Beesource Beekeeping Forums banner
1 - 9 of 9 Posts

·
Registered
Joined
·
44 Posts
Discussion Starter · #1 ·
My first hive from last year has overwintered and is just exploding. I needed to remove several swarm cells last weekend and will be splitting the hive this coming weekend. I have two deeps (10 frame) completely full of bees and a third deep with 5 frames covered with bees.

Since the early spring, the bees have been using the small top enterance above the second box as their main entrance, and sporadically using the bottom entrance. The bottom entrance is reduced to the medium opening on a standard reducer. Our nights have been sporadic with temps over the last month, so I left it reduced when I switched the bottom two boxes. I do plan on removing the reducer completely since the temps look to remain higher than 55 for lows from here on out. My question is how do I get them to use only the bottom entrance, or I guess the question should be, do I need to? I have noticed that when working in the hive I encounter many more bees than last year flying around since their main entrance is now disturbed. So should I do something about this or not?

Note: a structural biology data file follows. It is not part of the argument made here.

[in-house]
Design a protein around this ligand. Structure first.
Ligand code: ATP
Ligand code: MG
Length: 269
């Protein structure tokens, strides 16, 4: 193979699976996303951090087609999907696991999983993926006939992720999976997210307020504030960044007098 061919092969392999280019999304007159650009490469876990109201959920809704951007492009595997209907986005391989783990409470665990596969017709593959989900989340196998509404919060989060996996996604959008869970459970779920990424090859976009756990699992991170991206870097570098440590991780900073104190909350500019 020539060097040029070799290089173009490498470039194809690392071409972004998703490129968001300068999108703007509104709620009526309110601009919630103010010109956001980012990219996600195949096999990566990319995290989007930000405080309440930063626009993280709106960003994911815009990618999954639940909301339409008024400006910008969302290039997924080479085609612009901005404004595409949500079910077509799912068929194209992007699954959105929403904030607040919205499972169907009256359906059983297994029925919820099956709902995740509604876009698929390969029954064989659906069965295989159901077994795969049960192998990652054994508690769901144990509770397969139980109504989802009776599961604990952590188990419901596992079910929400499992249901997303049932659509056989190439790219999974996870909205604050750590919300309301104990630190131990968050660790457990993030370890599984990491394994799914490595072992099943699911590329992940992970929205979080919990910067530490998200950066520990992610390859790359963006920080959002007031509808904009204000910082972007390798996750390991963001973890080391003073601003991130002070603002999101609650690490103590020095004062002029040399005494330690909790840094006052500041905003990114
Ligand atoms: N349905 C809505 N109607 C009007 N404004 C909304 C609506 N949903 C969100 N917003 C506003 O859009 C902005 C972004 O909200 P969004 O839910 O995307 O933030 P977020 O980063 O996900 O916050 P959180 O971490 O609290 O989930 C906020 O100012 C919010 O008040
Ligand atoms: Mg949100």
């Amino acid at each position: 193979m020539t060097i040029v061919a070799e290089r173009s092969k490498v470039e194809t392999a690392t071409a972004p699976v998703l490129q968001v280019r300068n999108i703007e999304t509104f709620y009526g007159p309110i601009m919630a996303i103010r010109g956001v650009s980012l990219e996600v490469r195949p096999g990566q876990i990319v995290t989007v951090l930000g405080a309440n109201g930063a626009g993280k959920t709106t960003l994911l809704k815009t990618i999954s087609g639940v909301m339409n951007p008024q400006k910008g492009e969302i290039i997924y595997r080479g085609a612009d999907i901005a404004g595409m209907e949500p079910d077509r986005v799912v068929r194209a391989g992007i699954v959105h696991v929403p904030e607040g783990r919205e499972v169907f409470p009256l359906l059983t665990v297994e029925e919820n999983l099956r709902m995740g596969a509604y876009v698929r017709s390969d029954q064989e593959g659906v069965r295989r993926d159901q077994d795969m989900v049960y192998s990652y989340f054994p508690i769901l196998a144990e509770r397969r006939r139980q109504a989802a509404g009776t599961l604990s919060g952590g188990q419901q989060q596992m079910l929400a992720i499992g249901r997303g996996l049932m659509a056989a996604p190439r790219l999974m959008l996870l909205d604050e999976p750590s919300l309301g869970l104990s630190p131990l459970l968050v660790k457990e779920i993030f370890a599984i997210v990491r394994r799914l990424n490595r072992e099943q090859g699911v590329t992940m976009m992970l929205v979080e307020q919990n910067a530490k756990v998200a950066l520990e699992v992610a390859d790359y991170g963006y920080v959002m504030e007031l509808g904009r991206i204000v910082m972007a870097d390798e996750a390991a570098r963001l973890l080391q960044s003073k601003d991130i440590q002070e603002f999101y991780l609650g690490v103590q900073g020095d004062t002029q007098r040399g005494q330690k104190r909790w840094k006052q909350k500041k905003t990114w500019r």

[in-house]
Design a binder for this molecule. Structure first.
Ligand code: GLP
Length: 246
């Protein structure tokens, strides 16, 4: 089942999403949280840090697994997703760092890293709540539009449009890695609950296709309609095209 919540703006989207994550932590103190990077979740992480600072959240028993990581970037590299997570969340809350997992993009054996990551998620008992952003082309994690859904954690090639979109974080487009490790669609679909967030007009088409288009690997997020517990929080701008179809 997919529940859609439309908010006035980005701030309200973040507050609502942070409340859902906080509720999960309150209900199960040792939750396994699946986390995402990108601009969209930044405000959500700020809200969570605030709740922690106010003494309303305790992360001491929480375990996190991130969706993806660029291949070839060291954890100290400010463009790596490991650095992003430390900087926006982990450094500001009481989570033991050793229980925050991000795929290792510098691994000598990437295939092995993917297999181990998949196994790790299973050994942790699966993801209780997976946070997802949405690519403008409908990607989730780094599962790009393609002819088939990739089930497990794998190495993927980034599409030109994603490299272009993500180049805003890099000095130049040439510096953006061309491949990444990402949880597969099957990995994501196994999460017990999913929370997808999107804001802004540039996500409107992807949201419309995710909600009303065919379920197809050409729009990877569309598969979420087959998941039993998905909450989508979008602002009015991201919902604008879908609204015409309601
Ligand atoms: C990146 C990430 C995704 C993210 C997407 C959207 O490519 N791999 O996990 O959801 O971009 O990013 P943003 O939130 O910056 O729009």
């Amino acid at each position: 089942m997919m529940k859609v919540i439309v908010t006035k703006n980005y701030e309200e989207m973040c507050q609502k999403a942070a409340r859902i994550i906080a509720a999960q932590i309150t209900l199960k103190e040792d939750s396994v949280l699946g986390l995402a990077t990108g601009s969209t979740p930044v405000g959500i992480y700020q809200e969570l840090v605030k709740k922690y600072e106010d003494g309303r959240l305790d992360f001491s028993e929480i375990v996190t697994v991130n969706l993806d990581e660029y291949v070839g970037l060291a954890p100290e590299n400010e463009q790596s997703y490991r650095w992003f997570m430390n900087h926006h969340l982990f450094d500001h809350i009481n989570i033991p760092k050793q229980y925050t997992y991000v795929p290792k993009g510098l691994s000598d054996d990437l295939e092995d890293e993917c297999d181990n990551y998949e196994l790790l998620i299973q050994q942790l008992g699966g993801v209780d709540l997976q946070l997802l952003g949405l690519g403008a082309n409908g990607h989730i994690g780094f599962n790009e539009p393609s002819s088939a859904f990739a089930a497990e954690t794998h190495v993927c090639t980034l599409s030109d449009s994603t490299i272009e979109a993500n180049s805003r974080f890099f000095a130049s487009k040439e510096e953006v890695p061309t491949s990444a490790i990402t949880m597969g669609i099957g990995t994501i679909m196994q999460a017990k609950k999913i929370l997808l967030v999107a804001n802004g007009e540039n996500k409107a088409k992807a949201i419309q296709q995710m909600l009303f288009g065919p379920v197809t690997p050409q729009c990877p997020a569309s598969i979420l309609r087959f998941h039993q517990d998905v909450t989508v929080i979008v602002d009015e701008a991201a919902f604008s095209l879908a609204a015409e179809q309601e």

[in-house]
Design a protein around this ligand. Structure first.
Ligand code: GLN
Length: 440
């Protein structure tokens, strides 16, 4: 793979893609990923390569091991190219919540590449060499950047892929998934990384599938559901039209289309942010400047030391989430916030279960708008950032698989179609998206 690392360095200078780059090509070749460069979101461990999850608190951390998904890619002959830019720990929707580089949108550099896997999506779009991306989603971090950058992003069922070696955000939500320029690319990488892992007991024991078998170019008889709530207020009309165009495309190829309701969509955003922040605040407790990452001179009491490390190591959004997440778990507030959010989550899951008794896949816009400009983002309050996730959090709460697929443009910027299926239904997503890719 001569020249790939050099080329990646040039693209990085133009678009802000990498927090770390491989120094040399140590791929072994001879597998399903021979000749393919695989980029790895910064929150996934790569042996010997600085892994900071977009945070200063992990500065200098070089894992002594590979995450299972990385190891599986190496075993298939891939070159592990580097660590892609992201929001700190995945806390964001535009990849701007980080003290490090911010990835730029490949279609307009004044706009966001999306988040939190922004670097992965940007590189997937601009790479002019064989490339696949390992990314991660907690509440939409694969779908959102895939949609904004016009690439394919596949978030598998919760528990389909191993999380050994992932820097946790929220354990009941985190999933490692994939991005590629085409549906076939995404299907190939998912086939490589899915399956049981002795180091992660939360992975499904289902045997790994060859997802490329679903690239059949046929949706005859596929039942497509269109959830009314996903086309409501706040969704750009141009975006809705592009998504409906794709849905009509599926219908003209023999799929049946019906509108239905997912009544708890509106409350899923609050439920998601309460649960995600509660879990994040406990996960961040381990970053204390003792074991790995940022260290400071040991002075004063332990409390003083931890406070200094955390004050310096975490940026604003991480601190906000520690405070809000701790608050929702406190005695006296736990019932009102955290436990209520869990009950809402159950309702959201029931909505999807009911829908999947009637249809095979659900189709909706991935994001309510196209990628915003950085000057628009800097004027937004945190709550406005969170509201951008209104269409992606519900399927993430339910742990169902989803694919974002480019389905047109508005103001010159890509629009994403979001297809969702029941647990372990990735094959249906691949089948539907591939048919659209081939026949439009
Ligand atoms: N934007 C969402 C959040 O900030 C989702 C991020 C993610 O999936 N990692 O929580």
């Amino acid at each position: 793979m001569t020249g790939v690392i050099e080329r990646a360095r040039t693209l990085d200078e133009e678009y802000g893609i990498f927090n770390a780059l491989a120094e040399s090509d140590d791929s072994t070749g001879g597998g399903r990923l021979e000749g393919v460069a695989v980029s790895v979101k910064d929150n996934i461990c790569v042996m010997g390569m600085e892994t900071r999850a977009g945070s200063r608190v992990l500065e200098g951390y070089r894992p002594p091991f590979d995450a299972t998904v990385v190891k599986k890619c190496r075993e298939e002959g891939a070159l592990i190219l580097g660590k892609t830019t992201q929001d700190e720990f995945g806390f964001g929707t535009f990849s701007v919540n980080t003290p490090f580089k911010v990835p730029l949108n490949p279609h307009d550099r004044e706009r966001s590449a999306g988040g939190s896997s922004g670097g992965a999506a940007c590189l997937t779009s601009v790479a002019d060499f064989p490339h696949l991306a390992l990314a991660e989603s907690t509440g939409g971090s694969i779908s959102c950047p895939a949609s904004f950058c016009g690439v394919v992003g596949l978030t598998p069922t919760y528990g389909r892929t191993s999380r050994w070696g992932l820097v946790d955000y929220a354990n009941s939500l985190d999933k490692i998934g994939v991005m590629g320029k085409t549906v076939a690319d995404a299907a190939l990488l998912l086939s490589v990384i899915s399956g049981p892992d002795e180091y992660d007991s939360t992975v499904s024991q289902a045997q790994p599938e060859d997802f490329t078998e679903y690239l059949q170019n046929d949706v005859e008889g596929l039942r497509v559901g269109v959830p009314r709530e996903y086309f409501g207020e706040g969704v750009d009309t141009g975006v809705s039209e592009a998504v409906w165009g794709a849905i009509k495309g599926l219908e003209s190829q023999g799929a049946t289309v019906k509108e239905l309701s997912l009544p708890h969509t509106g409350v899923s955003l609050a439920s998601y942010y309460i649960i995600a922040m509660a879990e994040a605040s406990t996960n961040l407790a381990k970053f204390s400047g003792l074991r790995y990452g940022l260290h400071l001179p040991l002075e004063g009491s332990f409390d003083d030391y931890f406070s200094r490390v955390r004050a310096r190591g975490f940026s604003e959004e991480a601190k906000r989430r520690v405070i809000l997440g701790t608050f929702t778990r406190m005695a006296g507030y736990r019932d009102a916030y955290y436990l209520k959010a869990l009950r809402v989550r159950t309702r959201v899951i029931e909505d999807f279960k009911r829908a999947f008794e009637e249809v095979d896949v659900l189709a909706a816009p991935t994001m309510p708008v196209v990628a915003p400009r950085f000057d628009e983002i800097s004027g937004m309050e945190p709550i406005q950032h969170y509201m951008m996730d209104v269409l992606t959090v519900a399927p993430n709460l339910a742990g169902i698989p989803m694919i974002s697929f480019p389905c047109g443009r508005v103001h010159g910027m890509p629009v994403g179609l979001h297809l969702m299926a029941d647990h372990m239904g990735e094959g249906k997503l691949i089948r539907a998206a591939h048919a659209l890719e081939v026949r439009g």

Thanks, Paul
 

·
Registered
Joined
·
716 Posts
They will figure it out on their own over the summer. I think the older bees are oriented to the top but as the younger ones orient they come back to the bottom. By the end of summer, my top entrances are hardly used. Then next spring the process repeats.
 

·
Registered
Joined
·
3,389 Posts
Some hives like the top, some the bottom, some use both. Some will argue for one or the other and they both are right. So do what works for you. If you get deep snow in the winter that could block up the lower, its good idea to have an upper too. J
 

·
Registered
Joined
·
5,540 Posts
In my personal hives I offer both entrances through the first strong flow (around here that's the end end of May-ish). I watch which one a particular hive seems to favor for the summer and I support that. If they are completely settled on the lower one, I will remove the upper shim (with the 1" winter entrance), reverting back to using an inner cover.